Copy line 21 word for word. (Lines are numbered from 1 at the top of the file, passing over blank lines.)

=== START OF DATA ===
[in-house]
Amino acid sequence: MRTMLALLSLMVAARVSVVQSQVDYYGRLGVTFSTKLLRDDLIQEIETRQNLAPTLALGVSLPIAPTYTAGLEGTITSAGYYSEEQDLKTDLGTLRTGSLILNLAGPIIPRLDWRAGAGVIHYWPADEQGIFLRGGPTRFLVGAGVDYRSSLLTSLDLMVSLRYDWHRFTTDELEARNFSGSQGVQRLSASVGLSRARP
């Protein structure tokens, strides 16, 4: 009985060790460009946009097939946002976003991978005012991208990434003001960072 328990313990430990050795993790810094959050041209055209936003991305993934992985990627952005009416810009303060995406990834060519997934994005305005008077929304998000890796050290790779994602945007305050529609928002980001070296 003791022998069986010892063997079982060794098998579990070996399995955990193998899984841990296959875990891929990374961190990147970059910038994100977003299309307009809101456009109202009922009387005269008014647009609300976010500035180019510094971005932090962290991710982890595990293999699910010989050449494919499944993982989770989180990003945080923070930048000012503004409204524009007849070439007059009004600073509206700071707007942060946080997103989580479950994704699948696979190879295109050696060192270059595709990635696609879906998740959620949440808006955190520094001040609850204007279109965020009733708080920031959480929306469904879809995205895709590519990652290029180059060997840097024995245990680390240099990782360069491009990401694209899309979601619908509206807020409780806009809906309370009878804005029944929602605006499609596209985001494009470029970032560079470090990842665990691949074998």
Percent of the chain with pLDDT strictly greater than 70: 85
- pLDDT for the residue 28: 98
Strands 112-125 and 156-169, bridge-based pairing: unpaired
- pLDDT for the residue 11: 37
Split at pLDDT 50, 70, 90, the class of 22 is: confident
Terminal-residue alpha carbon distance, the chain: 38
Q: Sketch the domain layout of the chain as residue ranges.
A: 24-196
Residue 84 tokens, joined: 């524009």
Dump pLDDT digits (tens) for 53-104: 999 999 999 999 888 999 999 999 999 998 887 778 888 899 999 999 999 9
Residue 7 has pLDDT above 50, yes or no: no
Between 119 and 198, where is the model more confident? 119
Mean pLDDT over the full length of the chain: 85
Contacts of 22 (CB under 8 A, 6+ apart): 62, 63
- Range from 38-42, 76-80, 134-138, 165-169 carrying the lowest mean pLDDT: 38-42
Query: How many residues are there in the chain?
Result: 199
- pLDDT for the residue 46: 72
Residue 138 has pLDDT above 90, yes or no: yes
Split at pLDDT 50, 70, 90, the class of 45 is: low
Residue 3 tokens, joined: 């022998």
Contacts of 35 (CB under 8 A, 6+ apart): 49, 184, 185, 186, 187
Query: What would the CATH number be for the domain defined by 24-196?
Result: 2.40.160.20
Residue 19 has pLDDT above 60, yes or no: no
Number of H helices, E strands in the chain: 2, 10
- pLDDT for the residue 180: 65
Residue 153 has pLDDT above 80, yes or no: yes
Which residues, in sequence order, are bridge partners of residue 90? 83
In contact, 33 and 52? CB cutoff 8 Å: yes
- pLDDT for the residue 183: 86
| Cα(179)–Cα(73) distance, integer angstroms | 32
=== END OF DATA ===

- pLDDT for the residue 46: 72